Golden State Warriors in trouble if Stephen Curry is out for Game 4 versus the Portland Trail Blazers?
Steph Curry talks with coach Steve Kerr Photo: Cary Edmondson, USA TODAY Sports

Golden State Warriors in trouble if Stephen Curry is out for Game 4 versus the Portland Trail Blazers?

How much longer can the defending champs get by without Curry?

linoutlaw
Linwood Outlaw III

Stephen Curry’s chances of returning to action Monday night aren’t looking too good.

Golden State Warriors coach Steve Kerr, according to reports, told reporters on Sunday that Curry, while continuing to make progress in his recovery from a sprained right MCL he suffered when he slipped on a damp spot on the court in the first round against the Houston Rockets, is “doubtful” for Game 4 of the Warriors’ semifinal playoff series with the Portland Trail Blazers.

Prior to Game 3 of the Portland series, Dub Nation mostly shrugged at that kind of an update. The Warriors really hadn’t missed a beat without Curry, who also had to leave Game 1 of the Houston series early after tweaking his ankle. And given that he hasn’t played in two weeks (and counting), it is tough to say if Curry will immediately make a huge impact when he finally does rejoin the lineup.

But the Blazers’ 120-108 triumph at the Moda Center on Saturday night in Game 3, the Warriors’ first convincing loss this postseason and their first double-digit loss in two months, sure did make Curry’s return to this series more of a necessity. Is his return required for the Warriors to reach the next round? Perhaps that’s going a little too far, but at the moment, it’s worth debating.

A Bump in the Road

For a while there, it appeared the Warriors wouldn’t even need Curry until the Western Conference Finals.

They played the majority of their opening round series against Houston without Curry, but the Warriors probably would have swept the Rockets had James Harden been whistled for an offensive foul after blatantly pushing off on Andre Iguodala to create enough space to sink his game-winning shot in Game 3. Golden State dominated the Blazers in Game 1 of the semifinals and then demoralized them in Game 2, rallying from double-digit deficits, including an 11-point hole at the start of the fourth quarter, to grab a 2-0 lead.

Portland Trail Blazers guard Damian Lillard (0) dribbles past Golden State Warriors guard Klay Thompson (11) in Game 3. (Photo: Jaime Valdez-USA TODAY)
Portland Trail Blazers guard Damian Lillard (0) dribbles past Golden State Warriors guard Klay Thompson (11) in Game 3. (Photo: Jaime Valdez-USA TODAY)

Things went differently on Saturday night. Damian Lillard’s 40-point, 10-assist performance in Game 3 was so dazzling he drew comparisons to the reigning league MVP Curry. Al-Farouq Aminu had a near-perfect offensive game. The Blazers got more out of their reserves than the Warriors did theirs. And Portland’s big leads did not go to waste. The Warriors lost. Without controversy. The only thing that delegitimized the win was Curry’s absence, which was felt more in that game than in any other Warriors game this postseason.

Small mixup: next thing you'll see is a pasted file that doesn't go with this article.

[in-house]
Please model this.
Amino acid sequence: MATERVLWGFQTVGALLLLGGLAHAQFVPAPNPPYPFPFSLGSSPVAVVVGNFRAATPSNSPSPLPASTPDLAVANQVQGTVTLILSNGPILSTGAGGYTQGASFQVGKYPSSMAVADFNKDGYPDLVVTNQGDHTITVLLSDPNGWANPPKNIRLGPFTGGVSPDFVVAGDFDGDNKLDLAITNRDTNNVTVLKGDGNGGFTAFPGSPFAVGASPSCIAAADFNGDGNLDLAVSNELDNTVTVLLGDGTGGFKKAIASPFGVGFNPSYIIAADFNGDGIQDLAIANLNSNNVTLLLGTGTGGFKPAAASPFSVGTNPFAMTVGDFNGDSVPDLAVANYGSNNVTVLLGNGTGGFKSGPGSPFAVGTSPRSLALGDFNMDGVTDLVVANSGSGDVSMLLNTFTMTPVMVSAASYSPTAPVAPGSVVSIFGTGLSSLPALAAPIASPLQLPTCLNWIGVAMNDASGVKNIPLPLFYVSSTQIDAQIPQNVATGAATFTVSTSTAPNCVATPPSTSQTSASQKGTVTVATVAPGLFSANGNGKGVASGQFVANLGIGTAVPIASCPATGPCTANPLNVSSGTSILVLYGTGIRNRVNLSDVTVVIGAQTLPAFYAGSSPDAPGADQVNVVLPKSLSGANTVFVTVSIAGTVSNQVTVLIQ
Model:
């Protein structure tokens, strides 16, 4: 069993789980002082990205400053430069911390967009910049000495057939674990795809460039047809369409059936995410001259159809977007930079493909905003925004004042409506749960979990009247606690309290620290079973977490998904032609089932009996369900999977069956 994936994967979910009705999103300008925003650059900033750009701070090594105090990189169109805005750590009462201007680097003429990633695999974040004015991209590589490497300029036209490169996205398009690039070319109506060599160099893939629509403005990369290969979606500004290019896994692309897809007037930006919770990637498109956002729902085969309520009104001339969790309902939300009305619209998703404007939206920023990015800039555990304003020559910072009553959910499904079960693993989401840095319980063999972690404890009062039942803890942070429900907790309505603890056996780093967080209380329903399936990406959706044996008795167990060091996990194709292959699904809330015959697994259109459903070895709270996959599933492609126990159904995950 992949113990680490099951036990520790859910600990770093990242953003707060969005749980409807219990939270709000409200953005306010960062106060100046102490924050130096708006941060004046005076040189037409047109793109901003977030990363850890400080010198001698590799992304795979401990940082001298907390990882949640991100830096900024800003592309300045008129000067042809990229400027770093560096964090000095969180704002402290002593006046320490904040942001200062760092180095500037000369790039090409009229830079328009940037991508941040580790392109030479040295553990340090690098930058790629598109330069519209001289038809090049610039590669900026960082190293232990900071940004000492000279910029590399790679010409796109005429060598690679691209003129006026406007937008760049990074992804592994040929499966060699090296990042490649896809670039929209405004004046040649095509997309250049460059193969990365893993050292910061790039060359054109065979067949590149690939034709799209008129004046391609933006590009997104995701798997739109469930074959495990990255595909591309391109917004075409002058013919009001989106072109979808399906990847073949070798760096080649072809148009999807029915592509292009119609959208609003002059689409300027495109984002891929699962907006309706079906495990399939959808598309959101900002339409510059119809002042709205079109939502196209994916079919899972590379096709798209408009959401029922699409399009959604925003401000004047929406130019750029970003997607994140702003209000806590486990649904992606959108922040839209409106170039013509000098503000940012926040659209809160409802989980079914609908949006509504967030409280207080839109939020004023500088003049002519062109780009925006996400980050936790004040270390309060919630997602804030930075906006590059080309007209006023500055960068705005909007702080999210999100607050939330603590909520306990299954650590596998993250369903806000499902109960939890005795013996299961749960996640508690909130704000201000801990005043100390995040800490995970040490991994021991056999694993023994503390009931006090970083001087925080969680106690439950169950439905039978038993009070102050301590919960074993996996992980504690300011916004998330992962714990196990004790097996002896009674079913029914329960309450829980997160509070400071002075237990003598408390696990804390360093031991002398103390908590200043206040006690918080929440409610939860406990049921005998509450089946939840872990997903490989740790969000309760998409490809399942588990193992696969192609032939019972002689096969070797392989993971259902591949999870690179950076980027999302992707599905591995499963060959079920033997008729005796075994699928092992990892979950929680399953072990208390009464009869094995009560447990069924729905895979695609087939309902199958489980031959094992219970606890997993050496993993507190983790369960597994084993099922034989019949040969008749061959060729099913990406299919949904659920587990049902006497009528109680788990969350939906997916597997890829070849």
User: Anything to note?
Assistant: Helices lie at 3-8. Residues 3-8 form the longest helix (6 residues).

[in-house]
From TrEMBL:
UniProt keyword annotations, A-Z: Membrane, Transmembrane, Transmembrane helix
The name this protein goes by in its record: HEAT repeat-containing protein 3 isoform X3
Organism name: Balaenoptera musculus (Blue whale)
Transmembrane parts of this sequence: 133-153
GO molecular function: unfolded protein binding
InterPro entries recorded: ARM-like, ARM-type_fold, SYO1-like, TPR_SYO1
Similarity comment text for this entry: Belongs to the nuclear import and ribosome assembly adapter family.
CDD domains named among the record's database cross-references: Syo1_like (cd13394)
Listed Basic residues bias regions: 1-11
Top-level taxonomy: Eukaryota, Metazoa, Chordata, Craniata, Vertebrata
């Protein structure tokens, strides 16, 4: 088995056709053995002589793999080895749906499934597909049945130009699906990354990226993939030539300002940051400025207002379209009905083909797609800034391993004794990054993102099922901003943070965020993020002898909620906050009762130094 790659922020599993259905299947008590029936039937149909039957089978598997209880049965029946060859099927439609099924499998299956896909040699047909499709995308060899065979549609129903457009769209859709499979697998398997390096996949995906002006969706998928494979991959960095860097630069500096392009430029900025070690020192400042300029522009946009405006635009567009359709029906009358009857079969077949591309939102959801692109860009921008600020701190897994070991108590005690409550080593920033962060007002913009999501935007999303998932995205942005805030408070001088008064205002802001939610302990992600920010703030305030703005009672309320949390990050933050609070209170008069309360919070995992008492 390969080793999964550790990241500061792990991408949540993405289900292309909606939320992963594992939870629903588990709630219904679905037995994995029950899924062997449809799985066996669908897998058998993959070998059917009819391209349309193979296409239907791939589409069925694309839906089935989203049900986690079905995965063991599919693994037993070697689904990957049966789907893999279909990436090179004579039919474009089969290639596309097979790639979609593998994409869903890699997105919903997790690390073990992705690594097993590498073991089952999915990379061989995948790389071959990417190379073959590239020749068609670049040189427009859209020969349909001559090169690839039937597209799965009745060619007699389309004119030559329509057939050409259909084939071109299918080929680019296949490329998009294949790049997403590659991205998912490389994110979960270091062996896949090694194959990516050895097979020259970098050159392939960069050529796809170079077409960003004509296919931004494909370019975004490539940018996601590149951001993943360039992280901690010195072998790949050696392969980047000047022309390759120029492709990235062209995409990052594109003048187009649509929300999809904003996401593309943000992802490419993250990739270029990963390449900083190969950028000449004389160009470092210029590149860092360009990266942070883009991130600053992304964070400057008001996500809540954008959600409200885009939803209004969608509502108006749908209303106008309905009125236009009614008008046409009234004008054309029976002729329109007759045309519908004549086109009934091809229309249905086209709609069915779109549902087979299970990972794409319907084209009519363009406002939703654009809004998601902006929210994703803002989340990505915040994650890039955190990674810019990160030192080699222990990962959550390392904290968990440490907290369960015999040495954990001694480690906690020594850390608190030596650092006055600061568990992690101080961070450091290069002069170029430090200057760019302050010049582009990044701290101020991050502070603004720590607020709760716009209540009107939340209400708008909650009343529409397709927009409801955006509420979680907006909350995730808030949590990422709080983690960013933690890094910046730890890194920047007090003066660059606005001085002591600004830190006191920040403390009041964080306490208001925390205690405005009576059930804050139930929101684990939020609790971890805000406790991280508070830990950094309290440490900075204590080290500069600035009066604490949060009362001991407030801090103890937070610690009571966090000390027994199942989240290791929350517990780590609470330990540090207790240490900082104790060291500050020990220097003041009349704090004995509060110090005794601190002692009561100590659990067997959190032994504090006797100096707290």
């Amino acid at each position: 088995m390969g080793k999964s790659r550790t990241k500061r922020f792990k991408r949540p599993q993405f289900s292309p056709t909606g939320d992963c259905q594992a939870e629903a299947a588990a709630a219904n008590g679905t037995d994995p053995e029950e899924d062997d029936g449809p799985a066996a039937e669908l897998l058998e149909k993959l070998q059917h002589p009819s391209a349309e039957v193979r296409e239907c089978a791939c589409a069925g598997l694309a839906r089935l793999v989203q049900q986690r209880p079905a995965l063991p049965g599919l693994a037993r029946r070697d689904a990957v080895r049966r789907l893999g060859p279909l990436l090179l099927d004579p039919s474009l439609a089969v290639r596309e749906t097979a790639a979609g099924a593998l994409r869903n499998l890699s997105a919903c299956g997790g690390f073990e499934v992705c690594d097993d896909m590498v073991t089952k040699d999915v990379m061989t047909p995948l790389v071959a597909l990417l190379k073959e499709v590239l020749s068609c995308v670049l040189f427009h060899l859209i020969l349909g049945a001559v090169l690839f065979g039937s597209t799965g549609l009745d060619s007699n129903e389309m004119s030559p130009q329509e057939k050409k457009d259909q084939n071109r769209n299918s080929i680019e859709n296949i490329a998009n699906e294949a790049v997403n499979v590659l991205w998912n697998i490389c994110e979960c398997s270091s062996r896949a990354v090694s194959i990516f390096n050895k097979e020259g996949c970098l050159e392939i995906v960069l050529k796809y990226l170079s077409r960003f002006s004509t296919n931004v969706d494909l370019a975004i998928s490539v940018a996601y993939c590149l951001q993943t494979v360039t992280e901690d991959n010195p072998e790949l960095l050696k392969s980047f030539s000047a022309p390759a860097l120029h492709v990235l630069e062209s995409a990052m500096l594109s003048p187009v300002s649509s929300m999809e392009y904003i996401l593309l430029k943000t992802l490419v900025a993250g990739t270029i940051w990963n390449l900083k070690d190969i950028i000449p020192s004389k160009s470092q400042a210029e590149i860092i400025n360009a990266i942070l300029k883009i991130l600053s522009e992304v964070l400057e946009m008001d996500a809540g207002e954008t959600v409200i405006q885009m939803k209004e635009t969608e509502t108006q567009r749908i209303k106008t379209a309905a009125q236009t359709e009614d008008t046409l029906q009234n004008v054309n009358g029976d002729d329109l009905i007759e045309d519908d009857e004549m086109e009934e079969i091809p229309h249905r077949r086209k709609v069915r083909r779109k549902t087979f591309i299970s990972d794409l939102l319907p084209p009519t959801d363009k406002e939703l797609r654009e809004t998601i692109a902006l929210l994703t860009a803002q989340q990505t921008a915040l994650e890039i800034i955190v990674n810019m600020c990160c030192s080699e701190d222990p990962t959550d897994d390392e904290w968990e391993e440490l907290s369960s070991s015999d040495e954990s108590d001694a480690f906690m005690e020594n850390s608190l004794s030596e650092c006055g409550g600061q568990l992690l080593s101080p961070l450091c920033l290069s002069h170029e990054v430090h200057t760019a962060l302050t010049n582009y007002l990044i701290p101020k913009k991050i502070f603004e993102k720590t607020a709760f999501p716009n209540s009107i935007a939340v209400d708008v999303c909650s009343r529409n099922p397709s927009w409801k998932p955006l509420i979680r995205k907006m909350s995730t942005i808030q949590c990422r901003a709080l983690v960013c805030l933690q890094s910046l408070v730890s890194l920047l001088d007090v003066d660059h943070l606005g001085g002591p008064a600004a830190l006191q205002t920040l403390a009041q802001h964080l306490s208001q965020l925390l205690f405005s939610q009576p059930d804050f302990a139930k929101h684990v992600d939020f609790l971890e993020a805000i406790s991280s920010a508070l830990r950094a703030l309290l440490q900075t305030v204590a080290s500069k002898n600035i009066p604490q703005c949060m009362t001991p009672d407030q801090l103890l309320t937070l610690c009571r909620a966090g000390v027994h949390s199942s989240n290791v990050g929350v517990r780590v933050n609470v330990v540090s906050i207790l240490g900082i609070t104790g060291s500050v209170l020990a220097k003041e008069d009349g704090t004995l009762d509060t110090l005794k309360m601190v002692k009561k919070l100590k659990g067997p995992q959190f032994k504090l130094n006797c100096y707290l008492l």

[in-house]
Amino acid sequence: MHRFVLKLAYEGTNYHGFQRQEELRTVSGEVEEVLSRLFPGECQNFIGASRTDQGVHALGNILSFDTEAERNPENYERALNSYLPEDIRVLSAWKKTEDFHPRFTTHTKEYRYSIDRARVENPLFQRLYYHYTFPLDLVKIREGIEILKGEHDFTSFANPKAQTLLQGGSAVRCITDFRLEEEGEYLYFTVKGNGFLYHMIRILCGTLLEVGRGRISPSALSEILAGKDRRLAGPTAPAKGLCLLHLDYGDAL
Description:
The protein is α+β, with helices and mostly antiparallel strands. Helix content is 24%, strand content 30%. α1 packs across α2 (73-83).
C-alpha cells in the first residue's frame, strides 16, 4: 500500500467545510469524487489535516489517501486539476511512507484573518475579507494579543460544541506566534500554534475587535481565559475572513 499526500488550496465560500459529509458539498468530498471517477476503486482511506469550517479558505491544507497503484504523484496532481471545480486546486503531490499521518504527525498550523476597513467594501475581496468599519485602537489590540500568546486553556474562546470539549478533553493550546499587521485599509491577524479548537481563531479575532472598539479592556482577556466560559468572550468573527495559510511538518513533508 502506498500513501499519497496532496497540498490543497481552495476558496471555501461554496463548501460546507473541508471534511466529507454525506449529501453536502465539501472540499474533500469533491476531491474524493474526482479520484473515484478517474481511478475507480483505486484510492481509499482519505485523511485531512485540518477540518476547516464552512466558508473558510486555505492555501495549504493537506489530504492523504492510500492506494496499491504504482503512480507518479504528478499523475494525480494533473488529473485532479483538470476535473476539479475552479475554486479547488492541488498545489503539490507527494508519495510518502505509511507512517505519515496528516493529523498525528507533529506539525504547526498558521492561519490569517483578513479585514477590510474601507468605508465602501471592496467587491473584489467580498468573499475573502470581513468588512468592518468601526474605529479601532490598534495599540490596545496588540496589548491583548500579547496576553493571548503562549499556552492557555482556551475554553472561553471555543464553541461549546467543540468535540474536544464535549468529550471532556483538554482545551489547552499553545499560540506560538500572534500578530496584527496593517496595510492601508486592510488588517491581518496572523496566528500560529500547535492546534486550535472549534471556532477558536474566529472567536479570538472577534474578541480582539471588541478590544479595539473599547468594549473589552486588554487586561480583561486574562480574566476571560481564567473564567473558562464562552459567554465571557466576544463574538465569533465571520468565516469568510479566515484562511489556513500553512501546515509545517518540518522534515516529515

Before Game 3 against Portland, it felt like the Warriors had an automatic bye to the Western Conference Finals, with or without Curry. Now there’s conversation about whether the Warriors need their MVP just to get past feisty Portland, which makes Game 4 all the more interesting, especially if Curry is indeed M.I.A. again.

The Missing Elements

Steph’s absence changes the rotation, obviously. We have to kind of mix and match a little bit more. We don’t have the luxury of kind of staying with a set rotation. We have to read what’s going on and play different people based on what we see and what we need,” Kerr said after Saturday’s loss. “But that’s alright. We’ve got a lot of players who can play. They’ve been ready to perform all year. We’ve had a lot of great seasons from different people on the bench, and they should all be ready to go.”

The Warriors made the Blazers work for their Game 3 victory. Klay Thompson (35 points) and Draymond Green (37 points, nine rebounds, and eight assists) were sensational. As a team, the Warriors shot 47.7 overall and 48.3 from three-point range. They even outrebounded Portland (by one) and had more assists (29 to Portland’s 19).

Curry’s unavailability isn’t the reason why the Blazers shot 46.5 percent overall from the floor and a blistering 56.7 from downtown. But Golden State wasn’t able to complete a comeback and increase the pressure on Portland down the stretch. Iguodala and Harrison Barnes didn’t have solid games. “I don’t think we played with enough urgency to win,” Green said after Saturday night’s game.

Green added: “I think our offense hurt our defense, because we weren’t very good offensively.”

And Curry, the team’s most dangerous offensive weapon, had one of the best seats in the house as Game 3 unfolded.

Not Time To Panic (Yet)

A Warriors win Monday night would erase any and all worries at this point. Their resilience is not to be questioned. They have not lost consecutive games all season. They have won big games without Curry before.

Steph Curry in his suit (Photo: Cary Edmondson, USA TODAY Sports)
Steph Curry in his suit (Photo: Cary Edmondson, USA TODAY Sports)

You can expect Game 4 to be a battle, at least from us,” Green said.

But the Blazers have now beaten Golden State twice this season, something no other team can lay claim to. They proved in the first round they can take advantage of opportunities that injuries on the opposition create when they came back from down 2-0 to knock off the Los Angeles Clippers, sans Chris Paul (hand) and Blake Griffin (quad), in six games.

Does Curry need to rush back? Does he need to play in this series at all? Maybe. Maybe not. But after Game 3, these are now valid questions. Game 4 may provide some answers.

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